Universe is 13.77 Billion Years Old, Astronomers Say
Astronomers using NSF’s Atacama Cosmology Telescope (ACT) have taken a fresh look at the Cosmic Microwave Background (CMB), the oldest light in our Universe. Their new observations suggest that the Universe is 13.77 billion years old, give or take 40 million years. This estimate matches the one provided by the Standard Model of the Universe and measurements of the same light made by ESA’s Planck satellite.
“The Standard Model, the one behind Jim Peebles’ Nobel Prize, comes through with flying colors,” said Professor Lyman Page, an astrophysicist at Princeton University who was the ACT’s principal investigator from 2004 to 2014.
“This adds a fresh twist to an ongoing debate in the astrophysics community,” said Dr. Simone Aiola, a researcher at Flatiron Institute and Princeton University.
In 2019, astronomers measuring the movements of galaxies calculated that the Universe is hundreds of millions of years younger than the Planck team predicted. That discrepancy suggested that a new model for the Universe might be needed and sparked concerns that one of the sets of measurements might be incorrect.
“Now we’ve come up with an answer where Planck and ACT agree. It speaks to the fact that these difficult measurements are reliable,” Dr. Aiola said.
The age of the Universe also reveals how fast the cosmos is expanding, a number quantified by the Hubble constant.
The ACT measurements suggest a Hubble constant of 67.6 km per second per megaparsec (km/s/Mpc).
This result agrees almost exactly with the previous estimate of 67.4 km/s/Mpc by the Planck satellite team, but it’s slower than the 74 km/s/Mpc inferred from the measurements of galaxies.
“We don’t know if the tension is due to systematic effects or to something new that we have not figured out. Cosmology is as exciting as ever,” Professor Page said.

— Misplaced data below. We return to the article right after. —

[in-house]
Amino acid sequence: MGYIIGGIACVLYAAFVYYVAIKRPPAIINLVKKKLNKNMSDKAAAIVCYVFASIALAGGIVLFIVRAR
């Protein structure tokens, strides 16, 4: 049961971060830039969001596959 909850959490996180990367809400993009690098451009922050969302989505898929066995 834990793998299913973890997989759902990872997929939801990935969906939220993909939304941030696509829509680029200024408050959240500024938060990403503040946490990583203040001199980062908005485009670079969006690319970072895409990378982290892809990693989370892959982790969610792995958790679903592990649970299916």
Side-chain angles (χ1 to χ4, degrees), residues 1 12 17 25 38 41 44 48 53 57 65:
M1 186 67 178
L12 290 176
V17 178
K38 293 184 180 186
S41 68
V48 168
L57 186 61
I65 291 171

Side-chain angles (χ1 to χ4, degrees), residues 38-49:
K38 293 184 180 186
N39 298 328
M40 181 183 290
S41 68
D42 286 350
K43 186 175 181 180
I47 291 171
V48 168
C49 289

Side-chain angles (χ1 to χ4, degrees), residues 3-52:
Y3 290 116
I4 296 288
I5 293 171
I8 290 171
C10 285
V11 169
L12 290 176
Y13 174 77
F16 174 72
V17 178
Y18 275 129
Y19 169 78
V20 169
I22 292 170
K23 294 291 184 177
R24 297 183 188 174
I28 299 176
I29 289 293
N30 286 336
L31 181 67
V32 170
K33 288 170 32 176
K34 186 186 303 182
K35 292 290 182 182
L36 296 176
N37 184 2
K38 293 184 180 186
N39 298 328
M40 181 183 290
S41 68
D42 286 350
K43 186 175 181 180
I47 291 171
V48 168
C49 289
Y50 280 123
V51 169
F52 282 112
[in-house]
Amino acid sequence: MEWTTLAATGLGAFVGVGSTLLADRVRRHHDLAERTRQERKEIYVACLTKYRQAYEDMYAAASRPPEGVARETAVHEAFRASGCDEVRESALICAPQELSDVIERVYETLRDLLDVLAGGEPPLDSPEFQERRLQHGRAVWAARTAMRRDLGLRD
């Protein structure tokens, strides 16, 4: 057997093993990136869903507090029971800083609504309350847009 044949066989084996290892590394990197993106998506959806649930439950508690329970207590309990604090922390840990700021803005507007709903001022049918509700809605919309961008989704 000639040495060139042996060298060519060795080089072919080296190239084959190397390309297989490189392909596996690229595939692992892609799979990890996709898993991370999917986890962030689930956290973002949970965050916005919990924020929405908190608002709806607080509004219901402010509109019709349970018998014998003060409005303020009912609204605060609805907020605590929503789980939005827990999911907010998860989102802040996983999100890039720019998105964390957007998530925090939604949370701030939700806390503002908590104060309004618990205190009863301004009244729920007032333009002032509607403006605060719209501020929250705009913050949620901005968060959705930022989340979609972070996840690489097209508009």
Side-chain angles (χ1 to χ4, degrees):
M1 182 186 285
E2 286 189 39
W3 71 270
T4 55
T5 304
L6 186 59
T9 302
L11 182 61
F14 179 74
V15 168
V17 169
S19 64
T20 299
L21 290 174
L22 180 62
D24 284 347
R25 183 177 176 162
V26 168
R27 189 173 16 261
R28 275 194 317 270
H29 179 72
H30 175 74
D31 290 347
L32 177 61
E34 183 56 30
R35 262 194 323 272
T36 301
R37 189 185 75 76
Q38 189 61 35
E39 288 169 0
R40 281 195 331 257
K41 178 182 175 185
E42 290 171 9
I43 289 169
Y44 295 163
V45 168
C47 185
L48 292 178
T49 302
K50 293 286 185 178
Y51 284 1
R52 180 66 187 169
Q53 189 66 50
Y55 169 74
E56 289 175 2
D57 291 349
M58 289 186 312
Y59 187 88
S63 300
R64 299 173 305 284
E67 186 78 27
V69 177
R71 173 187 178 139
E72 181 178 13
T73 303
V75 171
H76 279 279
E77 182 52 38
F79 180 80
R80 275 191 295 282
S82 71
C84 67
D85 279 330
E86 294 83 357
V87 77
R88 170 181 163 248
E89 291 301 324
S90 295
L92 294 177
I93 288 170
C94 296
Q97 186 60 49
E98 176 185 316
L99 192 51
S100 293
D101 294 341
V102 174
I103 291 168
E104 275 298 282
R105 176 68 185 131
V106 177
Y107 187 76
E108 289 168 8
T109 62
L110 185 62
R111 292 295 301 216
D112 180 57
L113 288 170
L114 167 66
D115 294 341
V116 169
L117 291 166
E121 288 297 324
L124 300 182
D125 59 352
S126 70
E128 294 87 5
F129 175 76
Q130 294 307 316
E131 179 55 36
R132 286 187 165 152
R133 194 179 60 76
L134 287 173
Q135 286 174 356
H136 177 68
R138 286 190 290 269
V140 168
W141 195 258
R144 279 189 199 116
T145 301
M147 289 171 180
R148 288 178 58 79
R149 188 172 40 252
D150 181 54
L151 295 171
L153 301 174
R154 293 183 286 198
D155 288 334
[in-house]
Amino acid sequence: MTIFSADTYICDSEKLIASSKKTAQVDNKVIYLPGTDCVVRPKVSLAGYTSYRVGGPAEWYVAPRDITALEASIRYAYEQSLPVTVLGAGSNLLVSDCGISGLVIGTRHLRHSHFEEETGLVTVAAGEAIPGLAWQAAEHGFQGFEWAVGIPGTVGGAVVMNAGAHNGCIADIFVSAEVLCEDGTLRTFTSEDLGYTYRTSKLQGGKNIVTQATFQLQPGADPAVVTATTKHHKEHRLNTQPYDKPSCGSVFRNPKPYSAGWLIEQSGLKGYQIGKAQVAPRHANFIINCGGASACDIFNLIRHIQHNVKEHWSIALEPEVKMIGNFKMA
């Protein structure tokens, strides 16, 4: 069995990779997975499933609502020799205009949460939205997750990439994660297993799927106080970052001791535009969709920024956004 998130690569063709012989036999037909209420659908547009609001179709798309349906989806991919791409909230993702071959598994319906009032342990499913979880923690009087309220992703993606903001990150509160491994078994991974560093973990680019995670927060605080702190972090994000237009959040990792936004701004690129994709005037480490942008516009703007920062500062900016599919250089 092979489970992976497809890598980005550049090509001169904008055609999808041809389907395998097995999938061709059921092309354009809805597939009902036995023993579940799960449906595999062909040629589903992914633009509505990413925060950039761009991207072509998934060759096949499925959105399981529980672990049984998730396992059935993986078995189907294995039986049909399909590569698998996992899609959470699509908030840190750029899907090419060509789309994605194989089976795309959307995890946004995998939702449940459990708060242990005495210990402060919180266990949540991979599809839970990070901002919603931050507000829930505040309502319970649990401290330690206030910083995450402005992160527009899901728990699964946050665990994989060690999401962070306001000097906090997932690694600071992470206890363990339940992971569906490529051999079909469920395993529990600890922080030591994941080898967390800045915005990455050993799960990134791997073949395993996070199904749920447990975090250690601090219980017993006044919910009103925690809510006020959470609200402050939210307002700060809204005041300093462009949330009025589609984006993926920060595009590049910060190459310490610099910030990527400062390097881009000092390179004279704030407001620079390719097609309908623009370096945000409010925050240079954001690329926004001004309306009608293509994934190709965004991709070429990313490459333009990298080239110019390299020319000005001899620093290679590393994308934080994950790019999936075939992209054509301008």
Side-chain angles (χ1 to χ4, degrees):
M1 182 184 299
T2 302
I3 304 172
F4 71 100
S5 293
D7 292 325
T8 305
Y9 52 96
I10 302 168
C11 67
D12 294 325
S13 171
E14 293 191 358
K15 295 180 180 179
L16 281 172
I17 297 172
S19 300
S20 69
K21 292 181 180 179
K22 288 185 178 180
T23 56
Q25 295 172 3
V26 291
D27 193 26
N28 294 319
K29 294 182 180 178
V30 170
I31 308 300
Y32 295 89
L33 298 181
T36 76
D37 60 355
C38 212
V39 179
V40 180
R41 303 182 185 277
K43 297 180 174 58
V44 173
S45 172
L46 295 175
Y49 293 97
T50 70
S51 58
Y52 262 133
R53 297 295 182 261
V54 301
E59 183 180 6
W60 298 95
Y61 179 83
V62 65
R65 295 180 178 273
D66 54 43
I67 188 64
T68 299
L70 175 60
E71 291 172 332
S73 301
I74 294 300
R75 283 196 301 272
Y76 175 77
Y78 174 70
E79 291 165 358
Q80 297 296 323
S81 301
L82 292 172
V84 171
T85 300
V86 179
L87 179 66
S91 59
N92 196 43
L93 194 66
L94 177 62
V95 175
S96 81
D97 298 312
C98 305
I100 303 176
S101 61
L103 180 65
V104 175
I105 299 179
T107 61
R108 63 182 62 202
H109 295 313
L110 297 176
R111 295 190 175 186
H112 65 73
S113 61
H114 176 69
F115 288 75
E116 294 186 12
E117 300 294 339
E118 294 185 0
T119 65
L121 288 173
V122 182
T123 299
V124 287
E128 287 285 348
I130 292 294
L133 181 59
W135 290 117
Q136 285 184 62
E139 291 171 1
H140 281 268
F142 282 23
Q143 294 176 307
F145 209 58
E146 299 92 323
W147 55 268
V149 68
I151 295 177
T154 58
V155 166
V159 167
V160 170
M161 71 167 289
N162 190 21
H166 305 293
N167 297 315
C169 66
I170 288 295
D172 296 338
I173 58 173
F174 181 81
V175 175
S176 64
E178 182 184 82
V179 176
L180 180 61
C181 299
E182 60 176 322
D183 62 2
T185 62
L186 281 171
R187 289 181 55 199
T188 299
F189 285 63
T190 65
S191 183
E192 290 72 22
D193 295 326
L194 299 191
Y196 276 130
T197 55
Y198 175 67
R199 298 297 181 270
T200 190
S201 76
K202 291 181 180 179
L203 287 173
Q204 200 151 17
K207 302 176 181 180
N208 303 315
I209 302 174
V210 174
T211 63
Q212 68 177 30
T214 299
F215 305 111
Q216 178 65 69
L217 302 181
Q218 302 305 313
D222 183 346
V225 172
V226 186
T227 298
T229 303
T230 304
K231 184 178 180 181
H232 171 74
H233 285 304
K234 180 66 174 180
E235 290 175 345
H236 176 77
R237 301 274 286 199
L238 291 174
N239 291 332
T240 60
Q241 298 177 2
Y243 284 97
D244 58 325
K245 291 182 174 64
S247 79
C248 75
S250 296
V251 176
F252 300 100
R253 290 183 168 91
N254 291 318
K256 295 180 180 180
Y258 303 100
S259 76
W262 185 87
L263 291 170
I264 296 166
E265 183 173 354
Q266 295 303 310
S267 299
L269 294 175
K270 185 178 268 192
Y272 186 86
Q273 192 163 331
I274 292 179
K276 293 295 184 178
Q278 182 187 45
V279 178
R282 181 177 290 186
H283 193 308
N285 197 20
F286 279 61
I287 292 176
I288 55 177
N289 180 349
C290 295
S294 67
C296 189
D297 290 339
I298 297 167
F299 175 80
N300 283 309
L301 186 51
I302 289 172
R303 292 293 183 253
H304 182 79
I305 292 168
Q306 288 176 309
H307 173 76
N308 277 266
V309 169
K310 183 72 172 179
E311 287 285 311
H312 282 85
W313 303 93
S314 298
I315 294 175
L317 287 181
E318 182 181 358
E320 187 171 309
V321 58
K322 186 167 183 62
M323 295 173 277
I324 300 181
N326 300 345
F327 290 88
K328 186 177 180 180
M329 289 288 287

“I didn’t have a particular preference for any specific value — it was going to be interesting one way or another,” said Dr. Steve Choi, a scientist at Cornell University and Princeton University.
“We find an expansion rate that is right on the estimate by the Planck satellite team. This gives us more confidence in measurements of the Universe’s oldest light.”
“The close agreement between the ACT and Planck results and the Standard Cosmological Model is bittersweet,” Dr. Aiola said.
“It’s good to know that our model right now is robust, but it would have been nice to see a hint of something new.”
“Still, the disagreement with the 2019 study of the motions of galaxies maintains the possibility that unknown physics may be at play.”
“The Planck satellite measured the same light, but by measuring its polarization in higher fidelity, the new picture from ACT reveals more of the oldest patterns we’ve ever seen,” said ACT principal investigator Professor Suzanne Staggs, of Princeton University.
The findings were published in a series of papers on the arXiv.org preprint server.
Simone Aiola et al. 2020. The Atacama Cosmology Telescope: DR4 Maps and Cosmological Parameters. arXiv: 2007.07288
Steve K. Choi et al. 2020. The Atacama Cosmology Telescope: A Measurement of the Cosmic Microwave Background Power Spectra at 98 and 150 GHz. arXiv: 2007.07289
Sigurd Naess et al. 2020. The Atacama Cosmology Telescope: arcminute-resolution maps of 18,000 square degrees of the microwave sky from ACT 2008-2018 data combined with Planck. arXiv: 2007.07290
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